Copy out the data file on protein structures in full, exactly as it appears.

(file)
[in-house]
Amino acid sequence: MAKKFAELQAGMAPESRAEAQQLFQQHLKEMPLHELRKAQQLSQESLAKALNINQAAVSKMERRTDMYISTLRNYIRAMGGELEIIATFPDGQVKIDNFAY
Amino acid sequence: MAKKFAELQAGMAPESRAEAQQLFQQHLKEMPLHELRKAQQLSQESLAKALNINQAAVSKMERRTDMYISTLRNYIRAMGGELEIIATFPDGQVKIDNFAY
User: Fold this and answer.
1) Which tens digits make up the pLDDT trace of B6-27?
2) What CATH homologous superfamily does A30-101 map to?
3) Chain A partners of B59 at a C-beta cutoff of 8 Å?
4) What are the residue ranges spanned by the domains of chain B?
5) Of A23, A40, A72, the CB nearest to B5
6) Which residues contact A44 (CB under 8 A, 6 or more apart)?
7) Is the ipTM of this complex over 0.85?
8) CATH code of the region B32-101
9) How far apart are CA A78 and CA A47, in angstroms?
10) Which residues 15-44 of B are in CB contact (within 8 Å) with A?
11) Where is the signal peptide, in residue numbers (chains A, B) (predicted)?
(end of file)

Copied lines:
[in-house]
Amino acid sequence: MAKKFAELQAGMAPESRAEAQQLFQQHLKEMPLHELRKAQQLSQESLAKALNINQAAVSKMERRTDMYISTLRNYIRAMGGELEIIATFPDGQVKIDNFAY
Amino acid sequence: MAKKFAELQAGMAPESRAEAQQLFQQHLKEMPLHELRKAQQLSQESLAKALNINQAAVSKMERRTDMYISTLRNYIRAMGGELEIIATFPDGQVKIDNFAY
User: Fold this and answer.
1) Which tens digits make up the pLDDT trace of B6-27?
2) What CATH homologous superfamily does A30-101 map to?
3) Chain A partners of B59 at a C-beta cutoff of 8 Å?
4) What are the residue ranges spanned by the domains of chain B?
5) Of A23, A40, A72, the CB nearest to B5
6) Which residues contact A44 (CB under 8 A, 6 or more apart)?
7) Is the ipTM of this complex over 0.85?
8) CATH code of the region B32-101
9) How far apart are CA A78 and CA A47, in angstroms?
10) Which residues 15-44 of B are in CB contact (within 8 Å) with A?
11) Where is the signal peptide, in residue numbers (chains A, B) (predicted)?